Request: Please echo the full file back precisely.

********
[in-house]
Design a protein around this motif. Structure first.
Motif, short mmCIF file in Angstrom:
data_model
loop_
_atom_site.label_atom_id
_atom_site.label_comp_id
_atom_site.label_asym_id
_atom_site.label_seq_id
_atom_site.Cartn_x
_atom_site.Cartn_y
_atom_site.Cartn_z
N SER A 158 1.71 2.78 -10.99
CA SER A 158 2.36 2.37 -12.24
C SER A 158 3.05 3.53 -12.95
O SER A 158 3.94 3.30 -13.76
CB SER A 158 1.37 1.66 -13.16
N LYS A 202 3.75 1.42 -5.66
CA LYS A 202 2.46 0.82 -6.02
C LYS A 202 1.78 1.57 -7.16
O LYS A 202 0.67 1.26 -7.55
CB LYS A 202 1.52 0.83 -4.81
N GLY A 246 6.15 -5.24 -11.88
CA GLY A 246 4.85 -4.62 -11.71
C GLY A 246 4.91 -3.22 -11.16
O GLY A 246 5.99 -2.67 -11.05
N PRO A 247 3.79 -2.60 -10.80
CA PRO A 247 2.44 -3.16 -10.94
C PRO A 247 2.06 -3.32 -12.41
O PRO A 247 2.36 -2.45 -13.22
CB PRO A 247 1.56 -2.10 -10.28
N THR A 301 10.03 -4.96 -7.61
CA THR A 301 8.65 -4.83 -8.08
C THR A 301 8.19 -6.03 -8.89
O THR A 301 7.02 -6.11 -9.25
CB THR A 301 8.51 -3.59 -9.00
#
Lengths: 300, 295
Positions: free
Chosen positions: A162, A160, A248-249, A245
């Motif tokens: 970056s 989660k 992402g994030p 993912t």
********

[in-house]
Design a protein around this motif. Structure first.
Motif, short mmCIF file in Angstrom:
data_model
loop_
_atom_site.label_atom_id
_atom_site.label_comp_id
_atom_site.label_asym_id
_atom_site.label_seq_id
_atom_site.Cartn_x
_atom_site.Cartn_y
_atom_site.Cartn_z
N SER A 158 1.71 2.78 -10.99
CA SER A 158 2.36 2.37 -12.24
C SER A 158 3.05 3.53 -12.95
O SER A 158 3.94 3.30 -13.76
CB SER A 158 1.37 1.66 -13.16
N LYS A 202 3.75 1.42 -5.66
CA LYS A 202 2.46 0.82 -6.02
C LYS A 202 1.78 1.57 -7.16
O LYS A 202 0.67 1.26 -7.55
CB LYS A 202 1.52 0.83 -4.81
N GLY A 246 6.15 -5.24 -11.88
CA GLY A 246 4.85 -4.62 -11.71
C GLY A 246 4.91 -3.22 -11.16
O GLY A 246 5.99 -2.67 -11.05
N PRO A 247 3.79 -2.60 -10.80
CA PRO A 247 2.44 -3.16 -10.94
C PRO A 247 2.06 -3.32 -12.41
O PRO A 247 2.36 -2.45 -13.22
CB PRO A 247 1.56 -2.10 -10.28
N THR A 301 10.03 -4.96 -7.61
CA THR A 301 8.65 -4.83 -8.08
C THR A 301 8.19 -6.03 -8.89
O THR A 301 7.02 -6.11 -9.25
CB THR A 301 8.51 -3.59 -9.00
#
Lengths: 300, 295
Positions: free
Chosen positions: A162, A160, A248-249, A245
């Motif tokens: 970056s 989660k 992402g994030p 993912t």